Abstract

Objective—To F whether vessels in the ocular fundus changed over the lifetime of Beagles and whether any changes were substantial enough to likely preclude positive identification of individual dogs by use of their retinal vascular patterns.

Animals—18 Beagles.

Procedures—Fundic photographs of both eyes of 18 Beagles taken at 1 or 3, 5, and 7 or 9 years of age were digitalized. Photographs were analyzed by use of 2 software programs. One was used to determine vessel numbers and widths and the other to determine the locations of the 3 largest vessels. Measurements were compared over time periods in the life of each dog. Only observations made at baseline (1 or 3 years of age) and again at 5 and 9 years of age were included in the statistical analysis, as these points were common to all dogs.

Results—No significant changes in numbers or locations of the blood vessels were detected over time. Widths of the vessels decreased significantly as the dogs aged.

Conclusions and Clinical Relevance—The ocular fundus of Beagles changed over each dog's lifetime in that the retinal blood vessels became smaller but did not change in number or location. Results suggest that digitalized retinal images can likely be used to identify dogs over their lifetimes.

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in American Journal of Veterinary Research

Abstract

Objective—To determine the diagnostic usefulness of semiquantitative and quantitative microalbuminuria assays and urine albumin-to-creatinine (UAC) ratio for detecting disease in cats.

Design—Prospective study.

Animals—441 cats evaluated at a veterinary teaching hospital.

Procedures—Urine samples from cats for which a complete medical record was available were included. Urine dipstick results, urine protein-to-creatinine ratios (cutoffs, 0.1 and 0.4), semiquantitative and quantitative microalbuminuria assay results (cutoff, 1 mg/dL), and UAC ratio values (cutoffs, 100 and 200 mg/g) were determined. Clinical diagnoses determined within 3 months of enrollment were recorded. Sensitivity and specificity were determined with disease status used as the standard. The influences of clinical diagnosis, sex, age, serum urea nitrogen and creatinine concentrations, blood pressure, bacterial urine culture results, rectal temperature, pyuria, hematuria, and bacteriuria were evaluated by means of logistic regression.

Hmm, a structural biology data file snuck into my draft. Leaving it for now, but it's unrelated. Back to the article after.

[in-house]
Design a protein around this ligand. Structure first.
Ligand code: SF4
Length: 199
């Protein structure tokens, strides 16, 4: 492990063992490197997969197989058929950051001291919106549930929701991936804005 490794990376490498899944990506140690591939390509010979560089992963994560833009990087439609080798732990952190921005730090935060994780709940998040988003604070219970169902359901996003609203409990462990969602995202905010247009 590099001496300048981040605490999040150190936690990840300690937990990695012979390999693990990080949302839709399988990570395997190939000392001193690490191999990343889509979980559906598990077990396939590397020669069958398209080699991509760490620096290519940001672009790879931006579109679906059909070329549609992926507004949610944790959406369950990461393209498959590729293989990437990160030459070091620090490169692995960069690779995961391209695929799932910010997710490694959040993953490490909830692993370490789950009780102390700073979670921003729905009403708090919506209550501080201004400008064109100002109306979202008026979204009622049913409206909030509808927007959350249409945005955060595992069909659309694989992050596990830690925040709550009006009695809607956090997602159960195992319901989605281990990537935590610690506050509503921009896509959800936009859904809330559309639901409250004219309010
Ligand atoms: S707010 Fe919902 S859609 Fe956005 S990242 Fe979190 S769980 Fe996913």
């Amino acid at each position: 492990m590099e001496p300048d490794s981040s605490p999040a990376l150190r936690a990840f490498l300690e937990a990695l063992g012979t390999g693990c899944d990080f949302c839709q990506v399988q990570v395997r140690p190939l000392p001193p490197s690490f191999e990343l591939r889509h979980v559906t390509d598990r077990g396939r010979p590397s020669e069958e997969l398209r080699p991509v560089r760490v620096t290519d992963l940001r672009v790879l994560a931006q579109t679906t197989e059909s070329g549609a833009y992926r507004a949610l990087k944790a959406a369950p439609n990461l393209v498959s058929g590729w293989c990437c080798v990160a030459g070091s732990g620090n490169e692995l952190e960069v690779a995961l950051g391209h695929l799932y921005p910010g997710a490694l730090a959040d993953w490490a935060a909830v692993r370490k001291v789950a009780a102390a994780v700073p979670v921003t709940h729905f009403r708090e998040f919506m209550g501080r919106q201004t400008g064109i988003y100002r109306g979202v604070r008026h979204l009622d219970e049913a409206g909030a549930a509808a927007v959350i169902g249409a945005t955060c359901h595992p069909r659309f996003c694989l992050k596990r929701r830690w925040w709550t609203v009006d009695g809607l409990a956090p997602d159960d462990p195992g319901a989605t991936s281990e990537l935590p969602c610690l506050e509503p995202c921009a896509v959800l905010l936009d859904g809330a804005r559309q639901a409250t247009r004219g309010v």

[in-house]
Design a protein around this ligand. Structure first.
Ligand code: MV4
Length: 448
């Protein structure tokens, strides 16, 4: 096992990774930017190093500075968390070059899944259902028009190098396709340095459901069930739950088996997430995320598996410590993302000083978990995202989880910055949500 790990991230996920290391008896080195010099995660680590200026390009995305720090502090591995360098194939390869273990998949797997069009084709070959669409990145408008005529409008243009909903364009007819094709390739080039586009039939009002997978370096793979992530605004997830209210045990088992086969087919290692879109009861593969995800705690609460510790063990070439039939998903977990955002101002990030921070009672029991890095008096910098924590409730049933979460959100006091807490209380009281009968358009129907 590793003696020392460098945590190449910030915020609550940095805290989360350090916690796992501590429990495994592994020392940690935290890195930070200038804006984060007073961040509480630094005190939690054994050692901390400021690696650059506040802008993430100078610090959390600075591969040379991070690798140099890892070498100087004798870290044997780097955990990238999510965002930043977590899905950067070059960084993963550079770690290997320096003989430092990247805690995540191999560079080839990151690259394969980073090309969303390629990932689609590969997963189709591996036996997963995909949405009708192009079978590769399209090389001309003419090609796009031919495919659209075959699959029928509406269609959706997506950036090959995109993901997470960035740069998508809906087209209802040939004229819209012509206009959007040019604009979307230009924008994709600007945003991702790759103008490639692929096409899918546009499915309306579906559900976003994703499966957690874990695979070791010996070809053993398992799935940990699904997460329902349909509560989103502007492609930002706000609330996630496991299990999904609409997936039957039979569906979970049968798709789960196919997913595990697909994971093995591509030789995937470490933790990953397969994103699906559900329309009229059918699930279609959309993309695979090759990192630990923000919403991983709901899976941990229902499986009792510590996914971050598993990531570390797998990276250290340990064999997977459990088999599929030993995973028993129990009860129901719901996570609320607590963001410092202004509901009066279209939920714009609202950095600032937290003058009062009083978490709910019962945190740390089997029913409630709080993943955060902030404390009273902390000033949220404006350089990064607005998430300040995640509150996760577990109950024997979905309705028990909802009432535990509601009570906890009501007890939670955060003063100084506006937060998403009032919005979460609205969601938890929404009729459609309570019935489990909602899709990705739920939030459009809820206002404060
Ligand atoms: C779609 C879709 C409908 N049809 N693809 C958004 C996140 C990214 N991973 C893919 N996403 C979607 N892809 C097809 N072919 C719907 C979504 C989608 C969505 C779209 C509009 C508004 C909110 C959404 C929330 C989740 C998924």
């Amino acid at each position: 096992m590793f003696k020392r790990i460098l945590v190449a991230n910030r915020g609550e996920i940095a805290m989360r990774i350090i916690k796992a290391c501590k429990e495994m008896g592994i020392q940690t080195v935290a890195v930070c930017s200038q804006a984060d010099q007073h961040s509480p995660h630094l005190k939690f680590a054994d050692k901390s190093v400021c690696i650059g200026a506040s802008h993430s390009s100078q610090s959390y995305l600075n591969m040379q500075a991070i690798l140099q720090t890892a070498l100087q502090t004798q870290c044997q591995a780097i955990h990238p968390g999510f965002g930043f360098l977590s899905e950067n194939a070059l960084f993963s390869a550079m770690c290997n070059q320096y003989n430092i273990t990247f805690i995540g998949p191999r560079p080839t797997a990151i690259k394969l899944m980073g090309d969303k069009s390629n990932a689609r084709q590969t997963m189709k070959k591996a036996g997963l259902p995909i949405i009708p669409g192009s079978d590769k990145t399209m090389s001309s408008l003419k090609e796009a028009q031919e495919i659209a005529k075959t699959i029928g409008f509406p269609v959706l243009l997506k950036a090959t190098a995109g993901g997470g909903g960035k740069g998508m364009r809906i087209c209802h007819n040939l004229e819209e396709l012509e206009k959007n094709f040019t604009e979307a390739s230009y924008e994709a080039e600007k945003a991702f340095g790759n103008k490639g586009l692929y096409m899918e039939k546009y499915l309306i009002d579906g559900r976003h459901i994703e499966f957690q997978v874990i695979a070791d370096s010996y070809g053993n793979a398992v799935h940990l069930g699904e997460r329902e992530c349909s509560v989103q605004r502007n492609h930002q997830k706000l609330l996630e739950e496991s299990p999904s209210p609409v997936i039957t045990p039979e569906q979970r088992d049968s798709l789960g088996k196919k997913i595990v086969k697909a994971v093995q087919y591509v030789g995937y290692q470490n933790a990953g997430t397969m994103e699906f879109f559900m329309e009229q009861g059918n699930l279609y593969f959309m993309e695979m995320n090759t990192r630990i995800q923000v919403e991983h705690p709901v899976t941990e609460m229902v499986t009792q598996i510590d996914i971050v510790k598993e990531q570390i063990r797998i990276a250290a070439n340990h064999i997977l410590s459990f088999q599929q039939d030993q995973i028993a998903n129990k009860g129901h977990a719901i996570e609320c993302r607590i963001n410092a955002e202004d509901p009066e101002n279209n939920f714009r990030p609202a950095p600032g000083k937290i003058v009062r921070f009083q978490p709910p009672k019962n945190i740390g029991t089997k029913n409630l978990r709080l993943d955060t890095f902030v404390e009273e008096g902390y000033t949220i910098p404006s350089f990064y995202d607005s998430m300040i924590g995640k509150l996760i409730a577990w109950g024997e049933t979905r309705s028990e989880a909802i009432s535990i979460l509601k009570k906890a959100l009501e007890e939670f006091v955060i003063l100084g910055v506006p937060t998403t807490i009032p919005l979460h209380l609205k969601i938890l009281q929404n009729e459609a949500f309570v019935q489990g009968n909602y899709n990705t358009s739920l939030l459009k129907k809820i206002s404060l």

Results—Of 441 cats that were eligible for inclusion, 40 were healthy and 401 had ≥ 1 disease. Results of logistic regression indicated that significant associations existed for age, presence of disease, presence of urinary tract disease, azotemia, hematuria, and pyuria and results of 1 or both of the microalbuminuria assays.

Conclusions and Clinical Relevance—Microalbuminuria was associated with underlying disease. Sensitivity and specificity of the microalbuminuria assays for detection of systemic disease were superior to those of other tests. Microalbuminuria testing in conjunction with other screening procedures may increase identification of occult disease. A prospective study evaluating the predictive values of screening tests with and without microalbuminuria determination is needed to validate this recommendation.

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in Journal of the American Veterinary Medical Association